Nightly News   |  May 09, 2013

No interest in the gym? It may be genetic

Geneticist Molly Bray, who has isolated millions of DNA samples from thousands of subjects, found that people with one type of FTO sequence are more likely to keep exercising while those with a different type of sequence are more likely to give up. NBC’s Dr. Nancy Snyderman reports.

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This content comes from Closed Captioning that was broadcast along with this program.

>>> with two-thirds of americans either officially obese or over weight , weight loss is a struggle for millions. it turns out there may be a genetic reason for that. what some lightly call the couch potato gene. our chief medical editor dr. nancy snyderman has our report.

>> reporter: ariella jackson has a love-hate relationship with exercise.

>> i don't want to get up. i don't want to exercise.

>> reporter: when she stopped training she gained weight. the 21-year-old blames herself. but a new study indicates it could be another culprit. the gene fto, already linked to obesity risk is now linked to something else -- the will to exercise.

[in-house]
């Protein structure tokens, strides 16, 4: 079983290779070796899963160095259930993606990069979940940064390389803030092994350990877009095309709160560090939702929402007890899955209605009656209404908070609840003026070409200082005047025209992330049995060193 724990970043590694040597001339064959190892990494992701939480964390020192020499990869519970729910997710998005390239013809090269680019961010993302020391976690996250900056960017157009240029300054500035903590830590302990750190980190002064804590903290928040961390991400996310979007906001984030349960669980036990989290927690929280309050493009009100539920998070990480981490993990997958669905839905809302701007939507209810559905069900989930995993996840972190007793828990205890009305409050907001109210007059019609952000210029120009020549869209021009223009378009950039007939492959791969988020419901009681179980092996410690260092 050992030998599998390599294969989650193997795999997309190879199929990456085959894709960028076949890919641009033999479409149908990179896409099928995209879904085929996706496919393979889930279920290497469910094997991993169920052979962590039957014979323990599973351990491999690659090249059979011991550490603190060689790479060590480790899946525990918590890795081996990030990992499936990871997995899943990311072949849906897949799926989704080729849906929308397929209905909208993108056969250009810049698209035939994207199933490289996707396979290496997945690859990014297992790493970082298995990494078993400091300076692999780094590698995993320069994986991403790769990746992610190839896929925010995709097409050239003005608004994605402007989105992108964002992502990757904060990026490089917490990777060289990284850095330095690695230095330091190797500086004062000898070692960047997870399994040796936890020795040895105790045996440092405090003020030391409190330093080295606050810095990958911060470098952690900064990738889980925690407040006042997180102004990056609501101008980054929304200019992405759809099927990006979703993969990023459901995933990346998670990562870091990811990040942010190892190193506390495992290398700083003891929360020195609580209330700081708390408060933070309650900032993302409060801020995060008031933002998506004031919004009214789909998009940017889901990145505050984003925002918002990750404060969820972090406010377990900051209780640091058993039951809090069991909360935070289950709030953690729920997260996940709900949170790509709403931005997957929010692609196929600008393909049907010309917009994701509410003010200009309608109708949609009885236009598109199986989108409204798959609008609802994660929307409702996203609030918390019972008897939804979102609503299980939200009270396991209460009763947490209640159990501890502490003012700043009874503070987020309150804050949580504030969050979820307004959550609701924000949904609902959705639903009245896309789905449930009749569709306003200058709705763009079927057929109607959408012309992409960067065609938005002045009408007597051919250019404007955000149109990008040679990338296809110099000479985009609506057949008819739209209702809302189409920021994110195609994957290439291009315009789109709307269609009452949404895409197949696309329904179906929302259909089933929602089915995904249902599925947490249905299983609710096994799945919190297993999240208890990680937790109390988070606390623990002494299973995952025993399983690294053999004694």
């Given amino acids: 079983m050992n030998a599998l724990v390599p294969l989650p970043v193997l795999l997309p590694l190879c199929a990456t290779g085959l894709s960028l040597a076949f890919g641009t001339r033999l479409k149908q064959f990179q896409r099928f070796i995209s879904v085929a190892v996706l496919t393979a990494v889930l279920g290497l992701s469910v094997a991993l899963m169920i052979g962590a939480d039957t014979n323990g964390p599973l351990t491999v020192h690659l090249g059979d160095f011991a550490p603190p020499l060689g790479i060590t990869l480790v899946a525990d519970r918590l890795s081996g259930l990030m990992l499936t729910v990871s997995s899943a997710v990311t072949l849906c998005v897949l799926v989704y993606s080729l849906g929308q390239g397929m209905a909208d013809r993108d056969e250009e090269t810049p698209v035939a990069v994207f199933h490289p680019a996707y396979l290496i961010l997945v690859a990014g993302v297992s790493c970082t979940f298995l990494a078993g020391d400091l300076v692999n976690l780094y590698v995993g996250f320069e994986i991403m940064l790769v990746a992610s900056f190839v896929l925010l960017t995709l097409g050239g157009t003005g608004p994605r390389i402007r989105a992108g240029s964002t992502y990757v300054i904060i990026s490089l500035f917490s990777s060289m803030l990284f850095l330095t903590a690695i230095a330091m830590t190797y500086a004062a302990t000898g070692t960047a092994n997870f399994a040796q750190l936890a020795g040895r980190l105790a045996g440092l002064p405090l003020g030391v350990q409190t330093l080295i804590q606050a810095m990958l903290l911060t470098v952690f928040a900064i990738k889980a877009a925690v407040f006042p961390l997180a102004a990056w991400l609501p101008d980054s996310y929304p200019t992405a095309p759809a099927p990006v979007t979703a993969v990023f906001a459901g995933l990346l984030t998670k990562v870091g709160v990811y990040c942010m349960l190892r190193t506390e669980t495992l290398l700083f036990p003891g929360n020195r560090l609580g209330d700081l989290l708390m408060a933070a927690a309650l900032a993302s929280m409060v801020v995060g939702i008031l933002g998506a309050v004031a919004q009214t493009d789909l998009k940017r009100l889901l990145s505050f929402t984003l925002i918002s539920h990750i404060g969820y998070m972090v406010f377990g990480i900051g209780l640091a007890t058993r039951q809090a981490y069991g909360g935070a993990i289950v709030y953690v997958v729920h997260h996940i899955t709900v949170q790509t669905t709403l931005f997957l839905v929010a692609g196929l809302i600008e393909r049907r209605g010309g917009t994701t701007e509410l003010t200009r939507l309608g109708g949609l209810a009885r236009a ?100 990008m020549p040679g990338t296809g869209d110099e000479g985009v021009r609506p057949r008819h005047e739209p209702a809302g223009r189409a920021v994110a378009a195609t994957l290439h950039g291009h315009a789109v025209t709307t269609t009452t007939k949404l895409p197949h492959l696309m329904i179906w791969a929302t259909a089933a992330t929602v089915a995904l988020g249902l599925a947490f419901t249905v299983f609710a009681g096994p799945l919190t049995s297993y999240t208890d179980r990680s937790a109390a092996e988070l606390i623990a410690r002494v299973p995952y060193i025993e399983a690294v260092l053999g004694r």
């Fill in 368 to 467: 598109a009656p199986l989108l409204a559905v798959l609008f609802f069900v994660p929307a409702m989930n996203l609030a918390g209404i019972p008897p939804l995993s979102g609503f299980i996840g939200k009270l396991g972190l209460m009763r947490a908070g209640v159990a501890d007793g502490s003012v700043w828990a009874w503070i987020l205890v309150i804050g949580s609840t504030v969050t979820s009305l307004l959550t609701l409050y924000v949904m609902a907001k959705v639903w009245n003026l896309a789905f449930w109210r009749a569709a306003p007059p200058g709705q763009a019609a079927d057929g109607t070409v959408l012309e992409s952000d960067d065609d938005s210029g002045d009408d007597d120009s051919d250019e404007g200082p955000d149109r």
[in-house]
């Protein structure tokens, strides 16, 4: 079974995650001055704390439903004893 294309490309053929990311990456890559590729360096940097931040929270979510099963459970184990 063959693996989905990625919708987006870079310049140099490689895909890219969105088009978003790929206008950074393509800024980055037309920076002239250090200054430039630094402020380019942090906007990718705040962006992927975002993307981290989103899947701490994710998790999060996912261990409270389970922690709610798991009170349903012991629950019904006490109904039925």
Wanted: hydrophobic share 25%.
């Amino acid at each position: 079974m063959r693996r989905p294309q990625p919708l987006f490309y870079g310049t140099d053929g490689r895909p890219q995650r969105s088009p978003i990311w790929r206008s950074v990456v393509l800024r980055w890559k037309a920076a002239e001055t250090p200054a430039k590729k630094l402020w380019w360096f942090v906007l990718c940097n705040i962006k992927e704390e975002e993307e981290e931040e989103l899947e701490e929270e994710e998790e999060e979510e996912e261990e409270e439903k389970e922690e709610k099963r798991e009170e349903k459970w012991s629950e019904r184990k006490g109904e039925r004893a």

>> so the robot is pulling dna from this plate.

>> reporter: for a decade general 'tis dr. molly bray has isolated millions of dna samples from thousands of subjects.

>> when people tell you, exercise is hard, it hurts for me, they are not lazy. they're reporting to you exactly what they are feeling.

>> reporter: in their dna she found the person with this fto sequence is more likely to keep exercising. with this sequence, more likely to drop out.

>> good job.

>> reporter: during final trials at the university of alabama at birmingham subjects are asked to train for 15 weeks and are measured, tested, and interviewed.

>> the hardest part was just actually deciding to do it.

>> reporter: dr. bray says that is fto talking.

>> do you think physicians are going to embrace the idea of genetics and obesity?

>> well, certainly for early onset severe obesity genetics will be very helpful. it will help physicians be more understanding and less biased toward obese patients.

>> reporter: the study also found.

>> it is empowering. they no longer feel i'm weak. they say, i do have a challenge. so i'm going to do something about it.

>> reporter: it worked for shane day.

>> i couldn't run a solid mile. couldn't run a solid quarter mile . now i can run six miles.

>> reporter: proof you can fight and conquer your genes. dr. nancy snydermannbc news, birmingh birmingham, alabama.